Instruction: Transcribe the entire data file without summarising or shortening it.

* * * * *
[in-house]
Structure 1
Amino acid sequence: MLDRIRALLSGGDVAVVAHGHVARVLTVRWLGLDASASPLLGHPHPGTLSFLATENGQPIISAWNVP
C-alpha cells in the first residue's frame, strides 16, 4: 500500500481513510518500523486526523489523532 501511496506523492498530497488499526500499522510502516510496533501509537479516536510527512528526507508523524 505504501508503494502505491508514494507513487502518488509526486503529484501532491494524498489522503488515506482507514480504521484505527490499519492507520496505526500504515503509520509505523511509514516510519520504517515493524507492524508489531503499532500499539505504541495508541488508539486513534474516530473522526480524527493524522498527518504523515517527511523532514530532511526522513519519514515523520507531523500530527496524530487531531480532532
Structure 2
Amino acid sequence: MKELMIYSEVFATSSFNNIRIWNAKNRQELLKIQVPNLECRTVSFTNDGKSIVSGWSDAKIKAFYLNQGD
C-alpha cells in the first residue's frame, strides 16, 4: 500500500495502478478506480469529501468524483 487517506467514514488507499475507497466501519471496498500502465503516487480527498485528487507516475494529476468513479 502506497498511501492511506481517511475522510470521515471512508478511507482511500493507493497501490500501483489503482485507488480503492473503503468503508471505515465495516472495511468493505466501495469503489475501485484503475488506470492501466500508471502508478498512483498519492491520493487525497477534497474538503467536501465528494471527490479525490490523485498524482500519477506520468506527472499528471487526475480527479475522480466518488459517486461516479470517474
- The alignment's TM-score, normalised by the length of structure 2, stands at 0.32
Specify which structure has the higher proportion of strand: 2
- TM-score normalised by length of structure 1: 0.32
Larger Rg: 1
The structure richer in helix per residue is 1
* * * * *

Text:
[in-house]
Structure 1
Amino acid sequence: MLDRIRALLSGGDVAVVAHGHVARVLTVRWLGLDASASPLLGHPHPGTLSFLATENGQPIISAWNVP
C-alpha cells in the first residue's frame, strides 16, 4: 500500500481513510518500523486526523489523532 501511496506523492498530497488499526500499522510502516510496533501509537479516536510527512528526507508523524 505504501508503494502505491508514494507513487502518488509526486503529484501532491494524498489522503488515506482507514480504521484505527490499519492507520496505526500504515503509520509505523511509514516510519520504517515493524507492524508489531503499532500499539505504541495508541488508539486513534474516530473522526480524527493524522498527518504523515517527511523532514530532511526522513519519514515523520507531523500530527496524530487531531480532532
Structure 2
Amino acid sequence: MKELMIYSEVFATSSFNNIRIWNAKNRQELLKIQVPNLECRTVSFTNDGKSIVSGWSDAKIKAFYLNQGD
C-alpha cells in the first residue's frame, strides 16, 4: 500500500495502478478506480469529501468524483 487517506467514514488507499475507497466501519471496498500502465503516487480527498485528487507516475494529476468513479 502506497498511501492511506481517511475522510470521515471512508478511507482511500493507493497501490500501483489503482485507488480503492473503503468503508471505515465495516472495511468493505466501495469503489475501485484503475488506470492501466500508471502508478498512483498519492491520493487525497477534497474538503467536501465528494471527490479525490490523485498524482500519477506520468506527472499528471487526475480527479475522480466518488459517486461516479470517474
- The alignment's TM-score, normalised by the length of structure 2, stands at 0.32
Specify which structure has the higher proportion of strand: 2
- TM-score normalised by length of structure 1: 0.32
Larger Rg: 1
The structure richer in helix per residue is 1